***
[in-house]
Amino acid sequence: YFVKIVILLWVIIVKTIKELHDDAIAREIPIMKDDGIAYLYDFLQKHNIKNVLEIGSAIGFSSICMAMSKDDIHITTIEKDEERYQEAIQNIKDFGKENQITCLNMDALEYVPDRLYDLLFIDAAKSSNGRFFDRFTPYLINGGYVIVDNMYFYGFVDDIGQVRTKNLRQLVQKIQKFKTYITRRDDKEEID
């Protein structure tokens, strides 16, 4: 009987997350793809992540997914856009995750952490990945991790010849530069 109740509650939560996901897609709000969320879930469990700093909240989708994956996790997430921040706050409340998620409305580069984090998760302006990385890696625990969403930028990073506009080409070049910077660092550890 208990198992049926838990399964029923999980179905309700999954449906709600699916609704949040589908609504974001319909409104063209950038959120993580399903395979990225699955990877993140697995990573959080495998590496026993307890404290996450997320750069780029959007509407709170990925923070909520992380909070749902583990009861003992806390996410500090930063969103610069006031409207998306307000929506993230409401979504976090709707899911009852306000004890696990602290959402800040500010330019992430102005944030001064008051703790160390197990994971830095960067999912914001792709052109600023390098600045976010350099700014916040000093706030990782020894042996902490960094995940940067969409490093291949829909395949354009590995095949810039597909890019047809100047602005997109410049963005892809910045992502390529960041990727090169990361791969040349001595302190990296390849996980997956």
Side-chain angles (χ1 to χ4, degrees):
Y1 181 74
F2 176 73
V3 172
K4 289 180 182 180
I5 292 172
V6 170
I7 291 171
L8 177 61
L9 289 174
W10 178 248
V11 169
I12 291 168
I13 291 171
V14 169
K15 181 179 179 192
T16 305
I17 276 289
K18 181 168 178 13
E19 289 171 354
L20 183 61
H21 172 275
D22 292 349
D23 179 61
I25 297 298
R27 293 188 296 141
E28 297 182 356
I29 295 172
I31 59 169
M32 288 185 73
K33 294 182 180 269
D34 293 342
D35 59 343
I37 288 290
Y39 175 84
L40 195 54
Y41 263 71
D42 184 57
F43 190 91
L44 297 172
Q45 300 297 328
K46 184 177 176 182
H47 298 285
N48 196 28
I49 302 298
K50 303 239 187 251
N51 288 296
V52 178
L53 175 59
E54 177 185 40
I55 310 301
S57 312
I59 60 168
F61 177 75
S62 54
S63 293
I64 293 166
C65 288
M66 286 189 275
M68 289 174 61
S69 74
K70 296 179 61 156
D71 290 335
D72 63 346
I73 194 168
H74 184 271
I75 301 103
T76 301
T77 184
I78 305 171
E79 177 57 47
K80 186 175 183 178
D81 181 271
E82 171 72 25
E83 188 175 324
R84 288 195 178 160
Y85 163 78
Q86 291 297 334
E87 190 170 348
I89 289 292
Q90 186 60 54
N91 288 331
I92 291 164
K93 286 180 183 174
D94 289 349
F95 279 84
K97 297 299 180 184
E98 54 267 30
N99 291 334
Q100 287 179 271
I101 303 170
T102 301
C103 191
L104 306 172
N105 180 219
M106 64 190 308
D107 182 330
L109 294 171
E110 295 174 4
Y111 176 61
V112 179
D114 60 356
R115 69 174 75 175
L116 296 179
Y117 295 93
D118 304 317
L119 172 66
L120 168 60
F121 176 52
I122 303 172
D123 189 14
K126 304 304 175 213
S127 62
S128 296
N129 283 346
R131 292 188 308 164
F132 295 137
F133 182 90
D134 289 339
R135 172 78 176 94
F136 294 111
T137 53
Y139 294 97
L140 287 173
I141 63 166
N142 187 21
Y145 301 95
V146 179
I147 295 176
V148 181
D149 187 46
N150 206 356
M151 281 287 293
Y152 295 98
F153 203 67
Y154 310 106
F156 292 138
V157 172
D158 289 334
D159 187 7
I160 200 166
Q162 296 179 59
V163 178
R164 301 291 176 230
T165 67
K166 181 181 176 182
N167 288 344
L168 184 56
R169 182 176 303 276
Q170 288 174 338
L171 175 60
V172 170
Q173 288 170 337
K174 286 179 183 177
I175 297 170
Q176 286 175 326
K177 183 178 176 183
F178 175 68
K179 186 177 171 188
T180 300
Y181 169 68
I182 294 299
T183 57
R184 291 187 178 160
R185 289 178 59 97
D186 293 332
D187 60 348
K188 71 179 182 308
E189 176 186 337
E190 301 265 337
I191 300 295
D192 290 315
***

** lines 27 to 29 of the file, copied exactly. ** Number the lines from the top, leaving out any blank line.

D23 179 61
I25 297 298
R27 293 188 296 141